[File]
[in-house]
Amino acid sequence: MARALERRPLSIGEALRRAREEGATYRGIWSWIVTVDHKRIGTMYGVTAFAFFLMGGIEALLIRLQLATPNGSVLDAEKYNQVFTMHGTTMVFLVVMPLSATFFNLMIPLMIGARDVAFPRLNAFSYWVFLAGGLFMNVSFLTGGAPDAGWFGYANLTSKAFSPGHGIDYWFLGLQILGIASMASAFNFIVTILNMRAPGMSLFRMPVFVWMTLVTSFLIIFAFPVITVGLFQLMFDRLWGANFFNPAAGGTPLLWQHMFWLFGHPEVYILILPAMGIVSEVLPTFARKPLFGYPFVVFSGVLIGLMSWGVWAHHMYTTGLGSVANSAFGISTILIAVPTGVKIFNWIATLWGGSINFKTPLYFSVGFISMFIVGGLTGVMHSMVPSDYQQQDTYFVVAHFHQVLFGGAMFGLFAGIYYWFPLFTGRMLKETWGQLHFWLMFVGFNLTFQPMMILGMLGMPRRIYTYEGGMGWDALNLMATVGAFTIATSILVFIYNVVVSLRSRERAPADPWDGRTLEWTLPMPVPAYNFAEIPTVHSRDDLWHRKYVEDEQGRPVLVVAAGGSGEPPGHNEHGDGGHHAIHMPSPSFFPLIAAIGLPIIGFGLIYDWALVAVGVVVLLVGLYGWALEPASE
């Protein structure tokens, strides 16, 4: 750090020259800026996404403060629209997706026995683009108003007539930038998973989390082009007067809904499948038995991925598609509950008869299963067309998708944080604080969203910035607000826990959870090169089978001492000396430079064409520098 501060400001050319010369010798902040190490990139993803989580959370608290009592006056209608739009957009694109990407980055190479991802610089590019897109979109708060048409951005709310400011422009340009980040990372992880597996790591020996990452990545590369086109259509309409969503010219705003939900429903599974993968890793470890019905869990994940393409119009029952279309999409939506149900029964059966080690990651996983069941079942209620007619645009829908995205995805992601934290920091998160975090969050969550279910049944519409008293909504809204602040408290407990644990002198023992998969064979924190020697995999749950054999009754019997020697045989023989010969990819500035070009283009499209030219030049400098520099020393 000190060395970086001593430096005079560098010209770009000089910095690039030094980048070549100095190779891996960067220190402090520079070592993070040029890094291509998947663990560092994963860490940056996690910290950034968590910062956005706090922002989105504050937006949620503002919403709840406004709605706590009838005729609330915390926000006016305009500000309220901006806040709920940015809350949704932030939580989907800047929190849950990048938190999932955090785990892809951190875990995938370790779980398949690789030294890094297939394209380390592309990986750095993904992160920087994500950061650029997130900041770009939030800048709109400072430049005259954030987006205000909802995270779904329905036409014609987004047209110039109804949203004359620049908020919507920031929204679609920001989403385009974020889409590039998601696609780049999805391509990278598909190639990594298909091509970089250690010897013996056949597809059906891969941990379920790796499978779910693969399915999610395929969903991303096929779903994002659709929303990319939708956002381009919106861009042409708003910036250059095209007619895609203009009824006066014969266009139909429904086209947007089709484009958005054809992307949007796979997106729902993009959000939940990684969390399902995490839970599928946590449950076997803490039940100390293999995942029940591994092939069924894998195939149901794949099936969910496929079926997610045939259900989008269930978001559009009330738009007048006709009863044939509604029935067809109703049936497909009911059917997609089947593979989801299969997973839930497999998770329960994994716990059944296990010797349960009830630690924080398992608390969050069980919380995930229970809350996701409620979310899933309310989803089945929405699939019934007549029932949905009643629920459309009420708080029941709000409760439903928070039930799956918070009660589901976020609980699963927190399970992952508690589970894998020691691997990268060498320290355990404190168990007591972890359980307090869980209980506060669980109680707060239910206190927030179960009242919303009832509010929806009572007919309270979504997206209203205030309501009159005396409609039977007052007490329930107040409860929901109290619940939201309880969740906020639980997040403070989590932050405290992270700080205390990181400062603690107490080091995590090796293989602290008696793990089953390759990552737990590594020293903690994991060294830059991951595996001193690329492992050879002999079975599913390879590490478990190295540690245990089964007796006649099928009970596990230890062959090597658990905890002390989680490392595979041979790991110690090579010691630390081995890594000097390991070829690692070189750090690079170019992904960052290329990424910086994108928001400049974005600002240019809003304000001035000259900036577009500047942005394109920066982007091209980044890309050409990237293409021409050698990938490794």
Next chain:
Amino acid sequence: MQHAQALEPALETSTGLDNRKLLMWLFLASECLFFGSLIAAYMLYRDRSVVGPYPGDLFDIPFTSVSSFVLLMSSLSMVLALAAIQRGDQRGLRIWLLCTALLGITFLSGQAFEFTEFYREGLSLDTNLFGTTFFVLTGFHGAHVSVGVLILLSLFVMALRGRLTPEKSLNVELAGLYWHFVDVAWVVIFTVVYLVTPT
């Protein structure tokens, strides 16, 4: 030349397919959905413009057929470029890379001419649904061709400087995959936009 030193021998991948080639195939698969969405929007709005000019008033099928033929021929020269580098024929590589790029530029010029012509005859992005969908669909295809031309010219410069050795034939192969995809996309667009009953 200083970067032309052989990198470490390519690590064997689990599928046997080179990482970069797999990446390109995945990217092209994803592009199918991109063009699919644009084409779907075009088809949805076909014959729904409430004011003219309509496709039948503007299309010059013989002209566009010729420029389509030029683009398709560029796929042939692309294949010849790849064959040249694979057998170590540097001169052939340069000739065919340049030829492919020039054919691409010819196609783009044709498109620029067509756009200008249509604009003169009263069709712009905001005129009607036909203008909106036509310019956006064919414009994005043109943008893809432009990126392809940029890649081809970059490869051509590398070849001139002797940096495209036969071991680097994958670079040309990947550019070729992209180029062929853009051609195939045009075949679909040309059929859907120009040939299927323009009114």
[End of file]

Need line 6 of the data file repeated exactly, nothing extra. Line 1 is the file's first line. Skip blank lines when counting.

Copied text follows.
């Protein structure tokens, strides 16, 4: 030349397919959905413009057929470029890379001419649904061709400087995959936009 030193021998991948080639195939698969969405929007709005000019008033099928033929021929020269580098024929590589790029530029010029012509005859992005969908669909295809031309010219410069050795034939192969995809996309667009009953 200083970067032309052989990198470490390519690590064997689990599928046997080179990482970069797999990446390109995945990217092209994803592009199918991109063009699919644009084409779907075009088809949805076909014959729904409430004011003219309509496709039948503007299309010059013989002209566009010729420029389509030029683009398709560029796929042939692309294949010849790849064959040249694979057998170590540097001169052939340069000739065919340049030829492919020039054919691409010819196609783009044709498109620029067509756009200008249509604009003169009263069709712009905001005129009607036909203008909106036509310019956006064919414009994005043109943008893809432009990126392809940029890649081809970059490869051509590398070849001139002797940096495209036969071991680097994958670079040309990947550019070729992209180029062929853009051609195939045009075949679909040309059929859907120009040939299927323009009114």